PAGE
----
A recent examination of prescription narcotic abuse from 2004 to 2013 shows that overall use is slightly down, a message that brings a lot of hope for many people. The study was authored by Dr. Beth Han, a statistician with the Center for Behavioral Health Statistics and Quality at the U.S. Substance Abuse and mental Health Services Administration.
Unfortunately, the information also revealed that although the number of users had declined, that those who still abused the drugs where using higher quantities and were at greater risk for overdose. The findings were published in the latest issue of the Journal of the American Medical Association. Also in the same issue, another study noted that there still only about 20 percent of painkiller addicts actually seek out or receive treatment.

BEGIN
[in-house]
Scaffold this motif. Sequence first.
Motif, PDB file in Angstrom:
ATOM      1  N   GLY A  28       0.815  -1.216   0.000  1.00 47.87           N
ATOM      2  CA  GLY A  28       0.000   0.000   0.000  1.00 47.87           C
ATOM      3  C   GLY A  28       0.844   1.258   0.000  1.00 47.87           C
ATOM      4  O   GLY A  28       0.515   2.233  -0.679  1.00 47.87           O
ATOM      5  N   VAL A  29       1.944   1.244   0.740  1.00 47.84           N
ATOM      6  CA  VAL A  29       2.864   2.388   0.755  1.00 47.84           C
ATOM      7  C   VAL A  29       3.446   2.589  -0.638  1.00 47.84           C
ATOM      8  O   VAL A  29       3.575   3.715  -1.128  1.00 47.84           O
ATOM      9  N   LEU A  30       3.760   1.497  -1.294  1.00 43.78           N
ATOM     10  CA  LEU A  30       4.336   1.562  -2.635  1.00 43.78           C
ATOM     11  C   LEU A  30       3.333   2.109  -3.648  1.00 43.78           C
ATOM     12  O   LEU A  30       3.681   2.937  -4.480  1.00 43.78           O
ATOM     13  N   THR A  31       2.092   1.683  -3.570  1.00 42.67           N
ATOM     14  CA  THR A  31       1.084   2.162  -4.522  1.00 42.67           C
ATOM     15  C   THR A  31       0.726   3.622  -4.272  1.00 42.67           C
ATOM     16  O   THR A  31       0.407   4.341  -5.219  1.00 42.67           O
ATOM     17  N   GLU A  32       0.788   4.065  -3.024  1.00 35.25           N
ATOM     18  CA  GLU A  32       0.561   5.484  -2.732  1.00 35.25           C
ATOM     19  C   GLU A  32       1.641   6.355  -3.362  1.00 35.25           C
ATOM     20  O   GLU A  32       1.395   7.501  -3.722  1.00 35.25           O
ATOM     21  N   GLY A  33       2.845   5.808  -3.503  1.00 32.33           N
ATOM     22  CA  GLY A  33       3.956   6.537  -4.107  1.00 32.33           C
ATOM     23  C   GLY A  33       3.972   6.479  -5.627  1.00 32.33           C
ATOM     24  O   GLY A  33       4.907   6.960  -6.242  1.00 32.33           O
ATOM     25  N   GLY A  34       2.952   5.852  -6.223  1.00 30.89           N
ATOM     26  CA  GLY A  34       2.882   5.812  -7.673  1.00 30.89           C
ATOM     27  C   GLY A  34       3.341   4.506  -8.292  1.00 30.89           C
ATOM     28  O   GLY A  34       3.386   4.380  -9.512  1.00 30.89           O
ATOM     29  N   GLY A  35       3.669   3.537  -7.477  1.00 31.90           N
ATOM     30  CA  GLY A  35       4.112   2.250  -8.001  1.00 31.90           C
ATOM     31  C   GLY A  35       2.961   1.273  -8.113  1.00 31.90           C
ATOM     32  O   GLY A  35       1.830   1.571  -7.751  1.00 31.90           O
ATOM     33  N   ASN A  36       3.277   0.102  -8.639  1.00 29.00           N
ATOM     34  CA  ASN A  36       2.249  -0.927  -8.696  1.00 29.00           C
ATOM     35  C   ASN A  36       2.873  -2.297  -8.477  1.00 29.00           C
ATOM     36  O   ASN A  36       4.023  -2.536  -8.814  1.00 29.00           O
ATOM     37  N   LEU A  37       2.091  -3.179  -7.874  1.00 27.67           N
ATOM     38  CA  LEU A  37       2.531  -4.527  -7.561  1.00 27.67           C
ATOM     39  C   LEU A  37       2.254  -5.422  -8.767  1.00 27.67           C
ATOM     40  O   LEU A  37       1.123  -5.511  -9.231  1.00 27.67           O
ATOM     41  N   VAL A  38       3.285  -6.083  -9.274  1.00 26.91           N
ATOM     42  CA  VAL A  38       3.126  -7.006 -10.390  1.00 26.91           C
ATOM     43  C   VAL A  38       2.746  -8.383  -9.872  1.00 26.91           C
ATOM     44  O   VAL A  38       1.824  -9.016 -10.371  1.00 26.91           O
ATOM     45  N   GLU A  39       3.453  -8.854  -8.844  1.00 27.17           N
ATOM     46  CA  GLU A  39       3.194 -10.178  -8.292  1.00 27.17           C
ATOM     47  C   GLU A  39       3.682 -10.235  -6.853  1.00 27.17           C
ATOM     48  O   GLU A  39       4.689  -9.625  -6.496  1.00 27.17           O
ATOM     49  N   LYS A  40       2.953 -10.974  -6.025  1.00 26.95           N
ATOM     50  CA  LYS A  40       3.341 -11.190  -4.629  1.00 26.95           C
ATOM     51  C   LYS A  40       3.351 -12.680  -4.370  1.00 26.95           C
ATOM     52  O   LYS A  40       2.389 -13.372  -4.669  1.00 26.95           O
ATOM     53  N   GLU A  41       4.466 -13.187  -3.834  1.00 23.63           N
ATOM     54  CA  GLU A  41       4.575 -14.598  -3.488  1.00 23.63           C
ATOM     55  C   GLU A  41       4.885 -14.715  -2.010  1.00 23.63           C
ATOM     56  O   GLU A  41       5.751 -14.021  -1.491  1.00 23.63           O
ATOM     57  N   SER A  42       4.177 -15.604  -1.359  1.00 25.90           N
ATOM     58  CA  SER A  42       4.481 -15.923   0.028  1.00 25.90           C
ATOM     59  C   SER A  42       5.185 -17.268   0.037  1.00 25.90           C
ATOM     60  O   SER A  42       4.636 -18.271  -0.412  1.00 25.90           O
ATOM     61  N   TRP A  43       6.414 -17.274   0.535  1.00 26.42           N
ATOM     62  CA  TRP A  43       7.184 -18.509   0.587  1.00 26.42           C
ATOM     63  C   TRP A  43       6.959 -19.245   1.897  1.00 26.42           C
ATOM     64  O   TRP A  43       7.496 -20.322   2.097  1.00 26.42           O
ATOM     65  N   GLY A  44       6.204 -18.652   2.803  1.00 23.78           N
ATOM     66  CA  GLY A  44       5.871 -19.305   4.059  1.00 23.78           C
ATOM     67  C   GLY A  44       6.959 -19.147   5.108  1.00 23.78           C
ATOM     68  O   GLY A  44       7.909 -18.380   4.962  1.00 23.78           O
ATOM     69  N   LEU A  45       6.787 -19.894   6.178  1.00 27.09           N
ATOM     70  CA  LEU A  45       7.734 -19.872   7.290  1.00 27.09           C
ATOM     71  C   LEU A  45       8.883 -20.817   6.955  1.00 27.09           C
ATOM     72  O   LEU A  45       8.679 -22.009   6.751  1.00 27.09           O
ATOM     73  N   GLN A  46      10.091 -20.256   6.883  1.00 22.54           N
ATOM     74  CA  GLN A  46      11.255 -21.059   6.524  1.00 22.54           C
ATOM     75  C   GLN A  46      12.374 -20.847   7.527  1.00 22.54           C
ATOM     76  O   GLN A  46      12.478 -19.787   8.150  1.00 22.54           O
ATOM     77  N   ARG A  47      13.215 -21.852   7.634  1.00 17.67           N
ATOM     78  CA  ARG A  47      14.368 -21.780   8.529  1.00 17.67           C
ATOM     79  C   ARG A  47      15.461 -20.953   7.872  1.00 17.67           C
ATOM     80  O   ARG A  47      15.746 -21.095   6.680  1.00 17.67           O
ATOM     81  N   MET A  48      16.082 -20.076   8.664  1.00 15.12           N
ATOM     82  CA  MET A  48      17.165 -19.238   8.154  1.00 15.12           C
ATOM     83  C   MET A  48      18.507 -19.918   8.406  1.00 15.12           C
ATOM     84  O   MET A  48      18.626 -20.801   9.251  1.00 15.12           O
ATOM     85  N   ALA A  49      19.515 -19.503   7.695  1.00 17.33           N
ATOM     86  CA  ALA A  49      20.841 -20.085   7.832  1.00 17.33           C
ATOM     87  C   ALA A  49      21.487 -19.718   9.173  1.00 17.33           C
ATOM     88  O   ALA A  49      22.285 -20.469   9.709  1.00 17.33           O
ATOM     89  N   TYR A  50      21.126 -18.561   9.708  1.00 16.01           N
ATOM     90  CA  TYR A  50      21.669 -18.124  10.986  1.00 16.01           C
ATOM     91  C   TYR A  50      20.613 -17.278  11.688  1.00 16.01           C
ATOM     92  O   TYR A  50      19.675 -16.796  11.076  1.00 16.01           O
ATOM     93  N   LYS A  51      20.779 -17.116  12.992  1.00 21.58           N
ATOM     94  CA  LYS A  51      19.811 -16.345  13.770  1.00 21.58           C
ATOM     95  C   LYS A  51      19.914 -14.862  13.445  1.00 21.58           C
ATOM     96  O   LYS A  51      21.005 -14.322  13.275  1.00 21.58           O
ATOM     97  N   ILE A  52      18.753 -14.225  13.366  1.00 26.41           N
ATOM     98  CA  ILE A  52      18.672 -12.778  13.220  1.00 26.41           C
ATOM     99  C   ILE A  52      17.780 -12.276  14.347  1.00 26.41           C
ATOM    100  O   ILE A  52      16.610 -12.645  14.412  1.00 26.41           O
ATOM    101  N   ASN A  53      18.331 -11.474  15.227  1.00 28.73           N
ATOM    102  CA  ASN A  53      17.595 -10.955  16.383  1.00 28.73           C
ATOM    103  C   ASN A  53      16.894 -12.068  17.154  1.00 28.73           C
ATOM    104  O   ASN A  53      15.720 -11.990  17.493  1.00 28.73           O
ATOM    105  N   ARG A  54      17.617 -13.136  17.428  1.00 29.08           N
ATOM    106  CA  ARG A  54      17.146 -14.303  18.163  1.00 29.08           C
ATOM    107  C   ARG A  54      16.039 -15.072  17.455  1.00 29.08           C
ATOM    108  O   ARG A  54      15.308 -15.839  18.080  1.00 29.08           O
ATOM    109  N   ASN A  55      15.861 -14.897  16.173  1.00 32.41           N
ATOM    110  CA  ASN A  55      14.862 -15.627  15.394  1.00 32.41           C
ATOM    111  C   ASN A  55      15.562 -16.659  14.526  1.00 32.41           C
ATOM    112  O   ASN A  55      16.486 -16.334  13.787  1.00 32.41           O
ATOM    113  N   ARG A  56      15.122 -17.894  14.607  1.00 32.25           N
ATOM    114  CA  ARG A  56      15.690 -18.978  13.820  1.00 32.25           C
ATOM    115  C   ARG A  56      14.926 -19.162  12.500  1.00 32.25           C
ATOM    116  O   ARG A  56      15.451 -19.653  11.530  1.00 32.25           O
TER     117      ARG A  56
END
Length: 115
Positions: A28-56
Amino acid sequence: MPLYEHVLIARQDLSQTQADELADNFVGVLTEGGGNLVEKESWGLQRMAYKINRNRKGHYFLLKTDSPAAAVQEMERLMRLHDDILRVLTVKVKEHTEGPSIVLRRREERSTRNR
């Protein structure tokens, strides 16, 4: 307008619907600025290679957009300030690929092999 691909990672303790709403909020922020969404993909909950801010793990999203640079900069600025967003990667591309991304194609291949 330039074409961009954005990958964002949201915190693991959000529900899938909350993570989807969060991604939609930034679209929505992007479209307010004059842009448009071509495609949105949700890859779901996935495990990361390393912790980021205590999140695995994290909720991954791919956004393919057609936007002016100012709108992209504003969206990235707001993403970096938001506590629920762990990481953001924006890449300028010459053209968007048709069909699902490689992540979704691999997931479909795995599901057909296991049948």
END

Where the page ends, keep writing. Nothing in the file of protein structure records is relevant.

Another report showed that the mortality rate for prescription opioid use in 2003 was 4.5 out of every 100,000 people, but that number jumped to 7.8 just a decade later. This indicates an increase of nearly 75% in the number of deaths attributed to these drugs.
While we certainly don’t want to rain on any parade regarding the good news about the overall number of people abusing prescription painkillers, it is vitally important not to forget these other statistics when addressing the problem.
The fact that more people are dying from these drugs clearly points to the need for more interventions. The majority of the families we help with interventions now are dealing with prescription painkiller or other opiate addictions. Contact us today if you have a loved one addicted to these drugs.